Irish Novels to ShamROCK Your World This St. Patty’s Day

See what I did there?

If you’re looking for other ways to celebrate St. Patrick’s Day this year besides drinking a pint (or few) of Guinness, there are plenty of reading options to connect you to Irish and Irish-American heritage. From classic authors like James Joyce to more contemporary choices, these books are great additions to your TBR pile:

 

A Tree Grows In BrooklynA Tree Grows in Brooklyn by Betty Smith

This coming-of-age story follows Francie Nolan’s search for beauty and truth, which is challenged by growing up in poverty-stricken tenements and by her father’s troubling alcoholism. A Tree Grows in Brooklyn achieves its status as an American classic through Smith’s honest, poignant storytelling.

 

 

 

 

orphan-trainOrphan Train by Christina Baker Kline

The fictional Vivian’s story is based on a piece of forgotten history: at the turn of the twentieth century in America, homeless and orphaned children (many of whom were Irish) were shipped via trains across the country to families in need of workers; only a lucky few were actually adopted. A sweeping and emotional read not to be missed.

 

 

 

 

Cover_DublinersDubliners by James Joyce

Published just over 100 years ago, Dubliners is a short-story collection that serves as a look into the heart of “dear, dirty Dublin,” as Joyce put it. See for yourself why Joyce is one of the twentieth century’s most influential novelists.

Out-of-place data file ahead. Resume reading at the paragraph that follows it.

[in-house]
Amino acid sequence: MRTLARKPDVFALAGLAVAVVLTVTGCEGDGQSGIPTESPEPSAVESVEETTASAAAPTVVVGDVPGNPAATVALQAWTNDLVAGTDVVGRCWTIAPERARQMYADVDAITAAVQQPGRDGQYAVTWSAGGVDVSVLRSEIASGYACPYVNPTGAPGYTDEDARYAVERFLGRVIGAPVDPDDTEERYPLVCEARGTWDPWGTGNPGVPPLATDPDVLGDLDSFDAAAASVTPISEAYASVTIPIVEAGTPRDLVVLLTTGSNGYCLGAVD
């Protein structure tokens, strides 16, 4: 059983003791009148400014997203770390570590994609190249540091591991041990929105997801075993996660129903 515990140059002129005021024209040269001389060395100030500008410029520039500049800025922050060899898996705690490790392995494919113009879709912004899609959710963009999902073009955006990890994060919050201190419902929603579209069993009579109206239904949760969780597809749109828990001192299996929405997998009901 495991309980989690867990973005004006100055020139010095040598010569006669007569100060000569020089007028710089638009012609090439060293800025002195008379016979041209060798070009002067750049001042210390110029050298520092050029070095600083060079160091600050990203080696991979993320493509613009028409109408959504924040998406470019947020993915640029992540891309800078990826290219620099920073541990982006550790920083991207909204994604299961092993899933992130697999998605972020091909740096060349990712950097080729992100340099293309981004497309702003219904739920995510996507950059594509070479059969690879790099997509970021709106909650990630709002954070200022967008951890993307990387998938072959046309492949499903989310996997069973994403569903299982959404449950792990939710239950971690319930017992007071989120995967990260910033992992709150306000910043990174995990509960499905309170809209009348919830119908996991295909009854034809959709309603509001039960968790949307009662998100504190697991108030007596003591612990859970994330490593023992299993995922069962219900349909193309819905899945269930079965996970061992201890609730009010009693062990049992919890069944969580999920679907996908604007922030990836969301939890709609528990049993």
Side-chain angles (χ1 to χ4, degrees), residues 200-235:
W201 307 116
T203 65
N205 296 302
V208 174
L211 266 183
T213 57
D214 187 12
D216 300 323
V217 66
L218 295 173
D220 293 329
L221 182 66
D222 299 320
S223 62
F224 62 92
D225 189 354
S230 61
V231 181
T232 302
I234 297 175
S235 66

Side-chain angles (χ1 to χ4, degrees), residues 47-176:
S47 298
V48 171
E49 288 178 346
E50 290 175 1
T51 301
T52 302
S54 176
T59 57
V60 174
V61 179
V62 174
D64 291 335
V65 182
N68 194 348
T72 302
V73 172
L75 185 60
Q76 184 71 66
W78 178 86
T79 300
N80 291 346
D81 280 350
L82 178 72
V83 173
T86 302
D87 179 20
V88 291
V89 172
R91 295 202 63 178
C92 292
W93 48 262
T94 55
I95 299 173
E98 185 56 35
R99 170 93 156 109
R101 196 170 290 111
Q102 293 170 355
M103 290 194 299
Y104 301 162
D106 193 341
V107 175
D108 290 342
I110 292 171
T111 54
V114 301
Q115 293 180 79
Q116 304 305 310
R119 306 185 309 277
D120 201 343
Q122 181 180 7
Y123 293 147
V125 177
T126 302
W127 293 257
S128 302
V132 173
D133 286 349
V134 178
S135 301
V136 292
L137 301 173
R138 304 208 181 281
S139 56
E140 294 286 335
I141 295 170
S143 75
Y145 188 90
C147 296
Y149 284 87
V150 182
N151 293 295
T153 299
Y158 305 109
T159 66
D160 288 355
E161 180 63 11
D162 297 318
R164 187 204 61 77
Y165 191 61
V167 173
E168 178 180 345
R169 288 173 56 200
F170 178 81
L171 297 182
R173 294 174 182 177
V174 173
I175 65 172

brooklyntoibinBrooklyn by Colm Tóibín

The first part of the novel takes place in a small town in 1950s Ireland, when a young woman named Eilis up and moves to New York City. She finds love and makes a life for herself in Brooklyn when devastating news abruptly summons her back home. This is a touching novel that examines immigration and the difficult decisions and sacrifices one must make.

 

 

 

 

Cover_Angela's AshesAngela’s Ashes by Frank McCourt

“When I look back on my childhood I wonder how I managed to survive at all. It was, of course, a miserable childhood: the happy childhood is hardly worth your while. Worse than the ordinary miserable childhood is the miserable Irish childhood, and worse yet is the miserable Irish Catholic childhood.” These are the opening words of Frank McCourt’s profound memoir about growing up in Depression-era Ireland; it’s the kind of book you’ll never forget.

 

 

 

 

Which Irish novel will you be having the craic with this year? Let us know in the comments below!

    Natalie Hallak

    Natalie Hallak is an Editorial Assistant for Park Row Books, Harlequin’s literary fiction imprint. She loves reading whip-it smart, emotional literary fiction with commercial appeal, as well as speculative fiction, psychological suspense, and narrative nonfiction/memoir. She has a particular interest in underrepresented voices and loves books that fearlessly blend genres. When Natalie’s not reading, she’s either traveling, playing the French Horn, experimenting with photography, or watching cat videos. You can find her on Twitter: @NatalieHallak.


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